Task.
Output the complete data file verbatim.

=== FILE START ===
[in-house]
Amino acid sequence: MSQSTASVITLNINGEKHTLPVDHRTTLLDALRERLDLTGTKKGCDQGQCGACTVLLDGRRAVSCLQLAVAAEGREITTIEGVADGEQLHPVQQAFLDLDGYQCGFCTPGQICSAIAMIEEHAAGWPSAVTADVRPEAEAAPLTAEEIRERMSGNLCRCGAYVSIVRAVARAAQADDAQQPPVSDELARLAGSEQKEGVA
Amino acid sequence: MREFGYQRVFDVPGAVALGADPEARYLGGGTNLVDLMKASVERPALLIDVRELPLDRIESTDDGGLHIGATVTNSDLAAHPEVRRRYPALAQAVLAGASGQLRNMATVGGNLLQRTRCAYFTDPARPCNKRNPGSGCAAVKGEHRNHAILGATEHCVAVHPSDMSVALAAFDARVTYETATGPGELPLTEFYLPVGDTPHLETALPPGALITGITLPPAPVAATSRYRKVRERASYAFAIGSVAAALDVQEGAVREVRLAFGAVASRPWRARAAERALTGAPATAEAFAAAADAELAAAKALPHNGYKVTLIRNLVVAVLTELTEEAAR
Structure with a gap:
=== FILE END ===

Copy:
[in-house]
Amino acid sequence: MSQSTASVITLNINGEKHTLPVDHRTTLLDALRERLDLTGTKKGCDQGQCGACTVLLDGRRAVSCLQLAVAAEGREITTIEGVADGEQLHPVQQAFLDLDGYQCGFCTPGQICSAIAMIEEHAAGWPSAVTADVRPEAEAAPLTAEEIRERMSGNLCRCGAYVSIVRAVARAAQADDAQQPPVSDELARLAGSEQKEGVA
Amino acid sequence: MREFGYQRVFDVPGAVALGADPEARYLGGGTNLVDLMKASVERPALLIDVRELPLDRIESTDDGGLHIGATVTNSDLAAHPEVRRRYPALAQAVLAGASGQLRNMATVGGNLLQRTRCAYFTDPARPCNKRNPGSGCAAVKGEHRNHAILGATEHCVAVHPSDMSVALAAFDARVTYETATGPGELPLTEFYLPVGDTPHLETALPPGALITGITLPPAPVAATSRYRKVRERASYAFAIGSVAAALDVQEGAVREVRLAFGAVASRPWRARAAERALTGAPATAEAFAAAADAELAAAKALPHNGYKVTLIRNLVVAVLTELTEEAAR
Structure with a gap: